Maybe it's a bugbear of mine but we seem to have had a lot of spamming recently; from tiny one-man operations in the far east to employees of large vendors peddling their hardware. It's easy to delete their posts and even suspend them but to be fair to them our policy in this area isn't clear in the FAQ - should and could it be clarified?
1(careful with the faq tag, though, it's a special one on the meta sites)– GnoupiJul 29, 2010 at 15:46
1ah, did not know, should have read the faq ;)– Chopper3Jul 29, 2010 at 15:47
Since when spam needs to be explicitly forbidden?
It goes without saying, in my opinion. This is a Q&A site, there are advertising possibilities on it, it's pretty clear that questions and answers are not the places for people to advertise their products.
It would be also useless to make such a line in the FAQ. It won't prevent any spammer from posting their stuff. I don't think there is a need to be "fair to them".
Maybe your situation differs from Super User in that you get more "corporate" advertisement, but the effect remains the same. There is link for advertisers at the bottom. If they just want to spam their product links, it shows that they don't care and just want some free exposure.
About spam in general, I have found mostly two kinds :
the robots: the ones who have a site/product to promote, often of bad quality, and will simply answer to all related questions, even the ones which were answered and sleeping for 6 months, with their link and a basic description. No discussion to have with these ones, from what I experimented. You can try to leave a comment to see if they react, they never will. On SU, we used to simply destroy them on sight. Now we do something more valuable and aesthetical: we fuse them into one inert monster/piece of art.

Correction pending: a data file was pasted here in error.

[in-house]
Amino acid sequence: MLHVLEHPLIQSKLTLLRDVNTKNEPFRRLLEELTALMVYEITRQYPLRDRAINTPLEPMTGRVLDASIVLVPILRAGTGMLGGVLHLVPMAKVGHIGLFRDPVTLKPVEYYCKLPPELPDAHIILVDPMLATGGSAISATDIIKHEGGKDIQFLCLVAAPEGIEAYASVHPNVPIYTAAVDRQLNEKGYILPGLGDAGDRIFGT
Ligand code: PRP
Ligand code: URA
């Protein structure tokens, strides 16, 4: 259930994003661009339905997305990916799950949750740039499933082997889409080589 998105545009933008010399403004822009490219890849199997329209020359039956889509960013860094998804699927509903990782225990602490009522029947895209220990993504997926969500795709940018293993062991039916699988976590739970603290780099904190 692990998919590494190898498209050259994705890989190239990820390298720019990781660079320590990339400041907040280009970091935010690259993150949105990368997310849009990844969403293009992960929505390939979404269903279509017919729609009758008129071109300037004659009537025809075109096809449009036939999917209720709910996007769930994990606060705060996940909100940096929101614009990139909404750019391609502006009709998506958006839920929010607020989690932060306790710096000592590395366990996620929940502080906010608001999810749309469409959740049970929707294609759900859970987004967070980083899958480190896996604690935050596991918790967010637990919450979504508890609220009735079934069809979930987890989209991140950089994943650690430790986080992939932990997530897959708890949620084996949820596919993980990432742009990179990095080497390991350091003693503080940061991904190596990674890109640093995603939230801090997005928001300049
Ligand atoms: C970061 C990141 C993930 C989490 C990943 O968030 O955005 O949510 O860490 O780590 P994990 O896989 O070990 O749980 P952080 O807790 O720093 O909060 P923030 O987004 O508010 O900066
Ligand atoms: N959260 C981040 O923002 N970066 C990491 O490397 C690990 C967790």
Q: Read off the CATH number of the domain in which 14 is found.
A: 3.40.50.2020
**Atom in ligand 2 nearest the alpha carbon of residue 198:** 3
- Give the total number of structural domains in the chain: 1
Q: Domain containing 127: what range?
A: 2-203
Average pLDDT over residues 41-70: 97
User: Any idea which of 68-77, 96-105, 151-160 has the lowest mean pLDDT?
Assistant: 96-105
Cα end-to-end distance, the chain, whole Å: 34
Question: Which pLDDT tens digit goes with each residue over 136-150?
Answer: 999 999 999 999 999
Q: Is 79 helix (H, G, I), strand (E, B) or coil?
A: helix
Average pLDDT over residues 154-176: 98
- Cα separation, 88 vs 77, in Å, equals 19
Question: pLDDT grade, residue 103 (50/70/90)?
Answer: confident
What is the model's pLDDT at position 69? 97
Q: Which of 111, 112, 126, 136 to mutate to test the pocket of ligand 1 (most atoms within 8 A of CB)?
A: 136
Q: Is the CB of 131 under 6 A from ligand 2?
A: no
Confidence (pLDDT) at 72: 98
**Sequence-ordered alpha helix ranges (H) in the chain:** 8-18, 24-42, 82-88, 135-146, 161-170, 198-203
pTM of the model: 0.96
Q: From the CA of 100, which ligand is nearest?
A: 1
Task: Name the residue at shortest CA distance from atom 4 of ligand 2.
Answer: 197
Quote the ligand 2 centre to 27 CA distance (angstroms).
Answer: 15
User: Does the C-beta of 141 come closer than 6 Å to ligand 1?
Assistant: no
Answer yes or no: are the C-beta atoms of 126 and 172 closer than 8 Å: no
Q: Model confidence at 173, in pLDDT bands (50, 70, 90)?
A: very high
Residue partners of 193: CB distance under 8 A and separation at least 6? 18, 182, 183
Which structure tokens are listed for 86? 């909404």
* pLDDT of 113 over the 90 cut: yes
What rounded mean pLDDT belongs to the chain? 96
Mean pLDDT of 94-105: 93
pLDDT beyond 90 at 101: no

the traveling salesmen: they actually work(ed) on the product they are advertising, and are acting like a regular commercial. Answers will be more adapted to the questions, and they will sometimes post actually useful answers using their product. This kind is more likely to actually answer to comment. It's ok to give your own product as an answer once in a while, as long as your contribute in other ways. For the ones who are actually only writing about their product, they should be reminded of the "advertising info" link at the bottom, and warned that they are on the thin line to the "robot" behavior, and face the same fate.
good point about the advertisers link - tbh I'd never spotted it before.– Chopper3Jul 29, 2010 at 15:48
Link to the "inert monster/piece of art" ? Jul 30, 2010 at 7:47
@Maxim - You would need 10k of reputation to actually see it. To the regular eye it's just a basic user account with no questions (and no, I'm not playing a fairy tale here).– GnoupiJul 30, 2010 at 7:52
+1 for "It would be also useless to make such a line in the FAQ". It's hard enough to get people to read the first sentence, let alone adding more content. :( Aug 6, 2010 at 11:56
All FAQs now contain an explicit message about advertising (thanks Jeff):
May I promote products I am affiliated with here?
The community generally frowns on overt self-promotion and tends to vote it down and flag it as spam, so be careful. Post good, relevant answers, and if they happen to be about your product, so be it. However, you must disclose your affiliation with the product in your answers. Also, if a huge percentage of your posts include a mention of your product, you're clearly here for the wrong reasons. Our advertising rates are quite reasonable; contact our ad sales team for details. We also offer free vote-based advertising for open source projects.
Not that it's particularly easy to find - but in the footer is a legal link.
A Note from the Team
... Spam, personal attacks, and abusive language do not have a place on the Stack Exchange Network. If you ever stumble across anything on the Stack Exchange Network that looks like it violates our policies, please be sure to let us know.